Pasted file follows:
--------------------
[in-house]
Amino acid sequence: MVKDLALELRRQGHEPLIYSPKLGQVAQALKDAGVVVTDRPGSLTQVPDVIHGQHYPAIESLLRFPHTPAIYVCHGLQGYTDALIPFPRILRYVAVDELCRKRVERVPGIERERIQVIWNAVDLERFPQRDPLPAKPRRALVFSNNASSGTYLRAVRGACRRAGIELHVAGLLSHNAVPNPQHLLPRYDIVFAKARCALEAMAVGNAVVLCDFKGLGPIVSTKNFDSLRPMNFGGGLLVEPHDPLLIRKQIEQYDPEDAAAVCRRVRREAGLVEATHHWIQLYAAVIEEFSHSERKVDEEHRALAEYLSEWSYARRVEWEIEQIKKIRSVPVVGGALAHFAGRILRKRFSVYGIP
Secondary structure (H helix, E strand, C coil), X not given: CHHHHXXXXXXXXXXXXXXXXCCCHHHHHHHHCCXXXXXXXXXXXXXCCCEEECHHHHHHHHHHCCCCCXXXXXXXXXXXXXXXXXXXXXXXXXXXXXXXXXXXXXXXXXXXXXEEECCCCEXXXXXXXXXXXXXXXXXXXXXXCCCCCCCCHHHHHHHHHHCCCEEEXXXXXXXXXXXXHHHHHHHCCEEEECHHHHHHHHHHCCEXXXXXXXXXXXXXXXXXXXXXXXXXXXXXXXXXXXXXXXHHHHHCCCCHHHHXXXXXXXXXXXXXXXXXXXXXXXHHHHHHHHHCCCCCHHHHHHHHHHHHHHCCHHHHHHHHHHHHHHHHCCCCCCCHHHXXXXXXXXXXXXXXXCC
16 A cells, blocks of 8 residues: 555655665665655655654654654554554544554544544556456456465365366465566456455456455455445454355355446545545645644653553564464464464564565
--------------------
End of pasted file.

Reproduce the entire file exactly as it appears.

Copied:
[in-house]
Amino acid sequence: MVKDLALELRRQGHEPLIYSPKLGQVAQALKDAGVVVTDRPGSLTQVPDVIHGQHYPAIESLLRFPHTPAIYVCHGLQGYTDALIPFPRILRYVAVDELCRKRVERVPGIERERIQVIWNAVDLERFPQRDPLPAKPRRALVFSNNASSGTYLRAVRGACRRAGIELHVAGLLSHNAVPNPQHLLPRYDIVFAKARCALEAMAVGNAVVLCDFKGLGPIVSTKNFDSLRPMNFGGGLLVEPHDPLLIRKQIEQYDPEDAAAVCRRVRREAGLVEATHHWIQLYAAVIEEFSHSERKVDEEHRALAEYLSEWSYARRVEWEIEQIKKIRSVPVVGGALAHFAGRILRKRFSVYGIP
Secondary structure (H helix, E strand, C coil), X not given: CHHHHXXXXXXXXXXXXXXXXCCCHHHHHHHHCCXXXXXXXXXXXXXCCCEEECHHHHHHHHHHCCCCCXXXXXXXXXXXXXXXXXXXXXXXXXXXXXXXXXXXXXXXXXXXXXEEECCCCEXXXXXXXXXXXXXXXXXXXXXXCCCCCCCCHHHHHHHHHHCCCEEEXXXXXXXXXXXXHHHHHHHCCEEEECHHHHHHHHHHCCEXXXXXXXXXXXXXXXXXXXXXXXXXXXXXXXXXXXXXXXHHHHHCCCCHHHHXXXXXXXXXXXXXXXXXXXXXXXHHHHHHHHHCCCCCHHHHHHHHHHHHHHCCHHHHHHHHHHHHHHHHCCCCCCCHHHXXXXXXXXXXXXXXXCC
16 A cells, blocks of 8 residues: 555655665665655655654654654554554544554544544556456456465365366465566456455456455455445454355355446545545645644653553564464464464564565